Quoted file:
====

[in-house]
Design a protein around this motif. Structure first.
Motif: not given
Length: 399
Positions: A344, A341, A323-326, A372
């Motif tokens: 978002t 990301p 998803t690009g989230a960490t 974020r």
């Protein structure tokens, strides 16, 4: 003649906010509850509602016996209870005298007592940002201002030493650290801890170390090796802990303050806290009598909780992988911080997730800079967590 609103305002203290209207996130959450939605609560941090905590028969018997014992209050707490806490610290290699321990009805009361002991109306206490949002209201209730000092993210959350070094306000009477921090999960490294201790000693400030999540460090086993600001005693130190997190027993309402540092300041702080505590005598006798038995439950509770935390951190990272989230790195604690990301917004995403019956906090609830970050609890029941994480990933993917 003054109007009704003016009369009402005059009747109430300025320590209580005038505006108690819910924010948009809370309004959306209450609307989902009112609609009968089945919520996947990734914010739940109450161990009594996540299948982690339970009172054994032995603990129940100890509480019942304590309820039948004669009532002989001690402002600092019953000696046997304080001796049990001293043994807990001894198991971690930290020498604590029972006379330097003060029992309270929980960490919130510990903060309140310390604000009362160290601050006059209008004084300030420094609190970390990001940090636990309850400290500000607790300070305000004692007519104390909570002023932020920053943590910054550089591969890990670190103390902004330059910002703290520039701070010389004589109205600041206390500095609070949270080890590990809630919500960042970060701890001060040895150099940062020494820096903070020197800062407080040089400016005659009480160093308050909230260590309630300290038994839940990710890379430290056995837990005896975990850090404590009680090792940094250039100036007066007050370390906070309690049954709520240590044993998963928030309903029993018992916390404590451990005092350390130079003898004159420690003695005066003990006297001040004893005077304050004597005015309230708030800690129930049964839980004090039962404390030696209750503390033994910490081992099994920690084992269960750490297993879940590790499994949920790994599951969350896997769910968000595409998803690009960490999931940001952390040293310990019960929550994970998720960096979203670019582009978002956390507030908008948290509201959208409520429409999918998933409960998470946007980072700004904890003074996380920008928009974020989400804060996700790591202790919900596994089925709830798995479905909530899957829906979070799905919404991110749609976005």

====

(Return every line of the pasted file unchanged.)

[in-house]
Design a protein around this motif. Structure first.
Motif: not given
Length: 399
Positions: A344, A341, A323-326, A372
């Motif tokens: 978002t 990301p 998803t690009g989230a960490t 974020r």
């Protein structure tokens, strides 16, 4: 003649906010509850509602016996209870005298007592940002201002030493650290801890170390090796802990303050806290009598909780992988911080997730800079967590 609103305002203290209207996130959450939605609560941090905590028969018997014992209050707490806490610290290699321990009805009361002991109306206490949002209201209730000092993210959350070094306000009477921090999960490294201790000693400030999540460090086993600001005693130190997190027993309402540092300041702080505590005598006798038995439950509770935390951190990272989230790195604690990301917004995403019956906090609830970050609890029941994480990933993917 003054109007009704003016009369009402005059009747109430300025320590209580005038505006108690819910924010948009809370309004959306209450609307989902009112609609009968089945919520996947990734914010739940109450161990009594996540299948982690339970009172054994032995603990129940100890509480019942304590309820039948004669009532002989001690402002600092019953000696046997304080001796049990001293043994807990001894198991971690930290020498604590029972006379330097003060029992309270929980960490919130510990903060309140310390604000009362160290601050006059209008004084300030420094609190970390990001940090636990309850400290500000607790300070305000004692007519104390909570002023932020920053943590910054550089591969890990670190103390902004330059910002703290520039701070010389004589109205600041206390500095609070949270080890590990809630919500960042970060701890001060040895150099940062020494820096903070020197800062407080040089400016005659009480160093308050909230260590309630300290038994839940990710890379430290056995837990005896975990850090404590009680090792940094250039100036007066007050370390906070309690049954709520240590044993998963928030309903029993018992916390404590451990005092350390130079003898004159420690003695005066003990006297001040004893005077304050004597005015309230708030800690129930049964839980004090039962404390030696209750503390033994910490081992099994920690084992269960750490297993879940590790499994949920790994599951969350896997769910968000595409998803690009960490999931940001952390040293310990019960929550994970998720960096979203670019582009978002956390507030908008948290509201959208409520429409999918998933409960998470946007980072700004904890003074996380920008928009974020989400804060996700790591202790919900596994089925709830798995479905909530899957829906979070799905919404991110749609976005």